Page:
Step 2: Schematics

I got the idea from scopeboy's website on his flyback driver section, but the schematic was quite complex and buying four MOSFET's is a little too expensive for me...

So I simplified the design to using one MOSFET.

I get a lot of complainants of this project is not working very well or at all. This new design WORKs, however, for most people it may not work. This is due to the MOSFET (and some other components) is poor quality.

I just recently found out that manufacture who makes the components sell the best quality ones to other manufactures and sell the poorer quality ones to the whole sellers and retailers. For this project, the best grade MOSFET's is critical, and it can only be gotten by salvaging old electronic devices, unless you are willing to pay for thousands of components for the manufacture... :-)
<p>awesome, great idea.. </p>
<p>Cool! but what's the use of the diode in parallel with the mosfet? </p>
Hi dude! Thats realy work after i use filtered supply. When i use just diode and transformer dond work well.. good intructs!!!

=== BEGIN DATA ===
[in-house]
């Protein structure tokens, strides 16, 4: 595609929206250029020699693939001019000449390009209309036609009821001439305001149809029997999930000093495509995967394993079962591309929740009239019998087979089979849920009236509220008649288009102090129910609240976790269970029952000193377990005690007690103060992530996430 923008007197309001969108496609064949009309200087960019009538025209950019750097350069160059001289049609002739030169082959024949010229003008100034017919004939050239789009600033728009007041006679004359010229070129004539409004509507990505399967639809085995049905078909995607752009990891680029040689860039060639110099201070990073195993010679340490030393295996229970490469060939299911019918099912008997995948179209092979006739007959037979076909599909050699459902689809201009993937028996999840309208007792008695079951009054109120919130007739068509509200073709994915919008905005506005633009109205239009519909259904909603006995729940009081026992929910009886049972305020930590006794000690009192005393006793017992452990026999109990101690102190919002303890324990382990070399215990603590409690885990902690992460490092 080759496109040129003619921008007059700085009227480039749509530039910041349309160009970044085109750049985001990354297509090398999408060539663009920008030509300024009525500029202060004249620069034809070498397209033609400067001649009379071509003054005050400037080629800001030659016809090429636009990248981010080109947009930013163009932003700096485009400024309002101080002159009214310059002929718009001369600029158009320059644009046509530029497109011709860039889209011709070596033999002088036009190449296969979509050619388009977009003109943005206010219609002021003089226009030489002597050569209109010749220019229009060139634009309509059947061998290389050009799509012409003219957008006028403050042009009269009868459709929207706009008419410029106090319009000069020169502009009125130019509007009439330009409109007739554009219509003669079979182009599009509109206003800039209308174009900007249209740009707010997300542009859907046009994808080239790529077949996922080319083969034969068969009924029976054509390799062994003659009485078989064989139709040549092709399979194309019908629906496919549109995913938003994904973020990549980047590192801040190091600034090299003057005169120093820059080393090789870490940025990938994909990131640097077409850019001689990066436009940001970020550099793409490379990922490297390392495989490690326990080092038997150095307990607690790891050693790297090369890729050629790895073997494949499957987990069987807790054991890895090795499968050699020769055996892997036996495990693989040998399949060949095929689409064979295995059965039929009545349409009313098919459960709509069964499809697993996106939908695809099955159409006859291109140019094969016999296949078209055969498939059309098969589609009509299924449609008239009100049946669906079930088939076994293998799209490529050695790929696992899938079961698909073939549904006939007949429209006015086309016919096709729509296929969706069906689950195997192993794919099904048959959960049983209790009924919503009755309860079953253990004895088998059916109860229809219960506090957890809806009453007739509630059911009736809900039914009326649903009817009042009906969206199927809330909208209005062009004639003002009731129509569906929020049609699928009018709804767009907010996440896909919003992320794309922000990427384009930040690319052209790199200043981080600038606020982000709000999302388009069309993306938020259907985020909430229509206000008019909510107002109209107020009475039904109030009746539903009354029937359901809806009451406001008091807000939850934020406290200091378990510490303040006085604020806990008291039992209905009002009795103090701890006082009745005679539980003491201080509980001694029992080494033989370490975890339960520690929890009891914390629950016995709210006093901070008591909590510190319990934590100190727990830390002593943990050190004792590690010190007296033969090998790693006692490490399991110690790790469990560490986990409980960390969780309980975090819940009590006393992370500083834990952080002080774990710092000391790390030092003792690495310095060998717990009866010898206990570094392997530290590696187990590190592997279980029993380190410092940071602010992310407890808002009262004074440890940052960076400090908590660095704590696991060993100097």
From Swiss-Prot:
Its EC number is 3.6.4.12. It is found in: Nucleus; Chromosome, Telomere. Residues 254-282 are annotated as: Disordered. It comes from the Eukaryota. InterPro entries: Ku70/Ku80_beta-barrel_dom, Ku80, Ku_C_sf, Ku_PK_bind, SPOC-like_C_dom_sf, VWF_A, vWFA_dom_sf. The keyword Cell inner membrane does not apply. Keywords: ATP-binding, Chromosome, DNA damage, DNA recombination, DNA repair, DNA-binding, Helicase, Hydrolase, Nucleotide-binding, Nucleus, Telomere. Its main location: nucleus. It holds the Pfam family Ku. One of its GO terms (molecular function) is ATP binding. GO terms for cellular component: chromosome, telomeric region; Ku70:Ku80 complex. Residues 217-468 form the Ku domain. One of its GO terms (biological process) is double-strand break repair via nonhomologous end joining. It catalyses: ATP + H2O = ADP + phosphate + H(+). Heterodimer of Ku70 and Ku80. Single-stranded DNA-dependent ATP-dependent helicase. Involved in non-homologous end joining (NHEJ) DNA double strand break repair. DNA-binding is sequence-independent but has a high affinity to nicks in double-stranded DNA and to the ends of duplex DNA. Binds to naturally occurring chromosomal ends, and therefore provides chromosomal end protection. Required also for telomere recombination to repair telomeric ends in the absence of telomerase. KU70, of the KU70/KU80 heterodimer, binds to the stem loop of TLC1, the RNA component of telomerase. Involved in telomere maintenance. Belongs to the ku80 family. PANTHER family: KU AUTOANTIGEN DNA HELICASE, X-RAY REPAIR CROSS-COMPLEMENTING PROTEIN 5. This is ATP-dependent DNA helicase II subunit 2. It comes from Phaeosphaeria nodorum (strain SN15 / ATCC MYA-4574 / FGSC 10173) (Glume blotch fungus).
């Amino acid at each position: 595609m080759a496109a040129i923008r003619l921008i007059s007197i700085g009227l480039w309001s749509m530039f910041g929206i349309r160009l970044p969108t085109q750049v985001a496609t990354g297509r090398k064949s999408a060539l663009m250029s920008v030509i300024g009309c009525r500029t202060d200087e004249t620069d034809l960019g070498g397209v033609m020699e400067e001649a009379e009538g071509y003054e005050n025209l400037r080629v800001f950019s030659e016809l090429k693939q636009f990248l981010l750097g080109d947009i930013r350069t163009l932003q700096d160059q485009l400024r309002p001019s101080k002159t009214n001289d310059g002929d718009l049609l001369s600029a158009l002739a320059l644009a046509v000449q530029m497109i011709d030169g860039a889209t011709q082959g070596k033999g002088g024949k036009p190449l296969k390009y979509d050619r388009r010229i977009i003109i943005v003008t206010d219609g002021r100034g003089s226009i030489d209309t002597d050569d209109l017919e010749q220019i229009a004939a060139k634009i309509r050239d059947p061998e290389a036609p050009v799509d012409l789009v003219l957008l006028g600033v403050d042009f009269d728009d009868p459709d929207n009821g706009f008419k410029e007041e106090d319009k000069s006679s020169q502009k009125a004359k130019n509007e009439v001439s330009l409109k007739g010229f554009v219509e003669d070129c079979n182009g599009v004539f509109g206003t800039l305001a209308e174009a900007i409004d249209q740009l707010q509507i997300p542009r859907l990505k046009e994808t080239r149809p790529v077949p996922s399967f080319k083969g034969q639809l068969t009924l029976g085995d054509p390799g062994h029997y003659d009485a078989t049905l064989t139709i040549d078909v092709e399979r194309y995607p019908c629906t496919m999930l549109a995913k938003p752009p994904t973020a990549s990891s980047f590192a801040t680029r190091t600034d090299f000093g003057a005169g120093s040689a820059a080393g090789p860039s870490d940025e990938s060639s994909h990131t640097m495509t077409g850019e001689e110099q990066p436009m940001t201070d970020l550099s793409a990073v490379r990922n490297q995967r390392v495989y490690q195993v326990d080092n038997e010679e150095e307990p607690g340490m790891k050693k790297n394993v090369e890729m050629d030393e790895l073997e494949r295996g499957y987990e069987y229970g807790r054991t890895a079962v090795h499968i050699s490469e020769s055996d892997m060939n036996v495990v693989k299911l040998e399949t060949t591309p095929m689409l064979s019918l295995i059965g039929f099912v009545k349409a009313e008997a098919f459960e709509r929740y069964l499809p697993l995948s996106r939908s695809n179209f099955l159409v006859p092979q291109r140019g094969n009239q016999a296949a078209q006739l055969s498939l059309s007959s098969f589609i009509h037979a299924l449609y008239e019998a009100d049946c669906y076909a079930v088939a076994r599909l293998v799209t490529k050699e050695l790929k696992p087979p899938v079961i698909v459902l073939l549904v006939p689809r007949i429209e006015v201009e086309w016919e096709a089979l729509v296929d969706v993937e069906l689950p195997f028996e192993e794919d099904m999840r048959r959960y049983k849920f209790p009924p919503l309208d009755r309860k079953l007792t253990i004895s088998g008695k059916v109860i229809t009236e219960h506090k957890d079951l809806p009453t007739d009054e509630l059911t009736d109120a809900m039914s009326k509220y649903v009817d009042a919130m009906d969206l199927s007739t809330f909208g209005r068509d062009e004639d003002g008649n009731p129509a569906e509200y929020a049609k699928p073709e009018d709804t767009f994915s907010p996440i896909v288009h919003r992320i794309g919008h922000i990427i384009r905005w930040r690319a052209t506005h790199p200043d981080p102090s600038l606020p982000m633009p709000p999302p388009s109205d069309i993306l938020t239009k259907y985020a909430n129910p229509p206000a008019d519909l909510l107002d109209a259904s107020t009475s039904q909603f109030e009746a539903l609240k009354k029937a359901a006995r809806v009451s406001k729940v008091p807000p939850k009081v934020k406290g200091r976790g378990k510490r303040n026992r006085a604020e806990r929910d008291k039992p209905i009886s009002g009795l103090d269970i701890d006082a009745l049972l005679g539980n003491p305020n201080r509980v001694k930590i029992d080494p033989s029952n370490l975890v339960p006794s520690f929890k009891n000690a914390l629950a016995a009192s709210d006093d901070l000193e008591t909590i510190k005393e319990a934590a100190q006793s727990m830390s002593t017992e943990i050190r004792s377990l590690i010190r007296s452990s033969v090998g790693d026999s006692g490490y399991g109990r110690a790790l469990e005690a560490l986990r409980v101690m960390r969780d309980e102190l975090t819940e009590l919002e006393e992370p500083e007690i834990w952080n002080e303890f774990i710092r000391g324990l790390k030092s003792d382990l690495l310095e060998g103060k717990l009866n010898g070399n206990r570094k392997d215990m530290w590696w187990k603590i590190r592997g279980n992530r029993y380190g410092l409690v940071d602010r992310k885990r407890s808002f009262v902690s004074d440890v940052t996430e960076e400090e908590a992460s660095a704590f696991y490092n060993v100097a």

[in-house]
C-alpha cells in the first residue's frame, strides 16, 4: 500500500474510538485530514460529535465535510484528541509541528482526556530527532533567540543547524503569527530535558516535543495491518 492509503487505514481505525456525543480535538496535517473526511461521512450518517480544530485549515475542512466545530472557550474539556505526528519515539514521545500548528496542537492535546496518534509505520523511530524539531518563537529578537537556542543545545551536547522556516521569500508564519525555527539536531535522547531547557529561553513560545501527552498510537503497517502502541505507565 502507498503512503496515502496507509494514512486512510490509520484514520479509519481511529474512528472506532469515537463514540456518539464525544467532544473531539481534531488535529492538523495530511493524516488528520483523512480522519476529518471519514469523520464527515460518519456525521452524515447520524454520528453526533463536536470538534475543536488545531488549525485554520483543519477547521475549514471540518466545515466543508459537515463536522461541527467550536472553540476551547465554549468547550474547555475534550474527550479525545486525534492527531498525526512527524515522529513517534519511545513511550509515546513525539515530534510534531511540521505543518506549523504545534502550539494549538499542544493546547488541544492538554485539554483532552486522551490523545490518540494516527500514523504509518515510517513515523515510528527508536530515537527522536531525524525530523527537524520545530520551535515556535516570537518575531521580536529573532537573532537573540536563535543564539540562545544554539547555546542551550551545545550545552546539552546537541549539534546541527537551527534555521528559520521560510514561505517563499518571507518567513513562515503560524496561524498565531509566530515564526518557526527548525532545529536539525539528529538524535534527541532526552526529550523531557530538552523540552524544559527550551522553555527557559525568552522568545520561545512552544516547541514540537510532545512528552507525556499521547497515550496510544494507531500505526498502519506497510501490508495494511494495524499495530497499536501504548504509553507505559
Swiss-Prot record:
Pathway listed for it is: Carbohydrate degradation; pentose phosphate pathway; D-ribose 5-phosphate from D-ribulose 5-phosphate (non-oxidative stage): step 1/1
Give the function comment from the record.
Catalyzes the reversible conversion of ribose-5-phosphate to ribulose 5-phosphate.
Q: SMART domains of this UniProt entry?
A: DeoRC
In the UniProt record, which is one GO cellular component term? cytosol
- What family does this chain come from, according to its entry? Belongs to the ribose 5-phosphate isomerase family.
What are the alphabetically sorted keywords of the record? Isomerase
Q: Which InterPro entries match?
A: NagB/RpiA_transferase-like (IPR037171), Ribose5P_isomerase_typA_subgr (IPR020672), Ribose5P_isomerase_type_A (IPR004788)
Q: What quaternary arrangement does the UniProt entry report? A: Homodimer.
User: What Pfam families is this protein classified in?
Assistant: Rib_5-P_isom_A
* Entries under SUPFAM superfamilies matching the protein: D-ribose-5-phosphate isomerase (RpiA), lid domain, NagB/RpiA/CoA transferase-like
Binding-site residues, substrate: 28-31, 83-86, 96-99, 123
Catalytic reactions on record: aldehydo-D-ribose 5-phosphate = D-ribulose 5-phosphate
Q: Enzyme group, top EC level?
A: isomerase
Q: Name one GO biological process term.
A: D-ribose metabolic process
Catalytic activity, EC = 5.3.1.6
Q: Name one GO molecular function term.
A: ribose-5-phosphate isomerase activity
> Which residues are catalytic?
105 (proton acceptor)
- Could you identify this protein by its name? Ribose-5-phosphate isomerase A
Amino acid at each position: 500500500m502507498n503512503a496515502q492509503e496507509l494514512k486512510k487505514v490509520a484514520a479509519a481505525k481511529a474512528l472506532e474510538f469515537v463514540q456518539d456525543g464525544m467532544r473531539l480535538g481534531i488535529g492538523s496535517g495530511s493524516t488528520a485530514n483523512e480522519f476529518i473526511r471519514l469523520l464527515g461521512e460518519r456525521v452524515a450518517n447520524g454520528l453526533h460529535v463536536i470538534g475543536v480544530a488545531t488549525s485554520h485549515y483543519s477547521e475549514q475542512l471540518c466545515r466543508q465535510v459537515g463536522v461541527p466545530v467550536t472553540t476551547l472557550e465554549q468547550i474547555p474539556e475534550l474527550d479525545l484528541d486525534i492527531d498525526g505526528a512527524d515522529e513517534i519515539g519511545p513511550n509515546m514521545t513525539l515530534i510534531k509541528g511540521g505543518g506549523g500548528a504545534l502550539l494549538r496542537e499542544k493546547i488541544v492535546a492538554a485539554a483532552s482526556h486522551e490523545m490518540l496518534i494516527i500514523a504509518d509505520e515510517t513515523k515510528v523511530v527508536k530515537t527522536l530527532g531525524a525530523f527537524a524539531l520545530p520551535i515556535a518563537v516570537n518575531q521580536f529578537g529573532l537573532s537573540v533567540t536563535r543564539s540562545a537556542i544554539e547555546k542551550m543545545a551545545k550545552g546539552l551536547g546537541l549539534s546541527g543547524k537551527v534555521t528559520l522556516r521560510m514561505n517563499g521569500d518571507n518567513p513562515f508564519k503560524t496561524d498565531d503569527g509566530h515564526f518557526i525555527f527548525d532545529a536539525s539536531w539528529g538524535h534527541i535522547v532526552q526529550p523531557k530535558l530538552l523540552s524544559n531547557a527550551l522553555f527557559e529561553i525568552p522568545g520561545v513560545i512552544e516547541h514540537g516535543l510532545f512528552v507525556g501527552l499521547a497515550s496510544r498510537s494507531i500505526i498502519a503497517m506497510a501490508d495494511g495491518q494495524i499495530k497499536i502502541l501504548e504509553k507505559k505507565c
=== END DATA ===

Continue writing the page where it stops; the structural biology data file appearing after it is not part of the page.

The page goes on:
<p>I've built it but I was wondering if you could measure how much current it draws since the power supply that I was using has now passed away ;( RIP Power supply</p>
<p>This seems little bit risky type of thing.</p>
Tesla would be wicked proud.
<p>will a center tap 12-0-12 flyback work?</p>
<p>hey!!!<br>can i convert a tattoo gun into one of these?</p>
<p>So fantastic! But I am a little confused that, the TL494 has 16 pins, where the second and tenth pins go??? Thanks!</p>
<p>In the schematic it says 47nF 2kV which you corrected to be 47uF 250V, but in the parts list it says 47nF 250V, so is it 47uF or 47nF? Thanks</p>
<p>I used 47nF 2kV.</p>
<p>Is there anybody still online? </p>
<p>I like the design and may attempt something similar sometime, however I did notice one thing in the schematic that would perhaps explain why the mosfet was getting so hot. there is no gate to ground resistor, meaning that the gate goes from 12v to 12v and high impedence when it should be going from high to low. the tl494 has an essentially open emitter output to the mosfet, otherwise I like the idea of using dead time control as modulation, very cool. </p>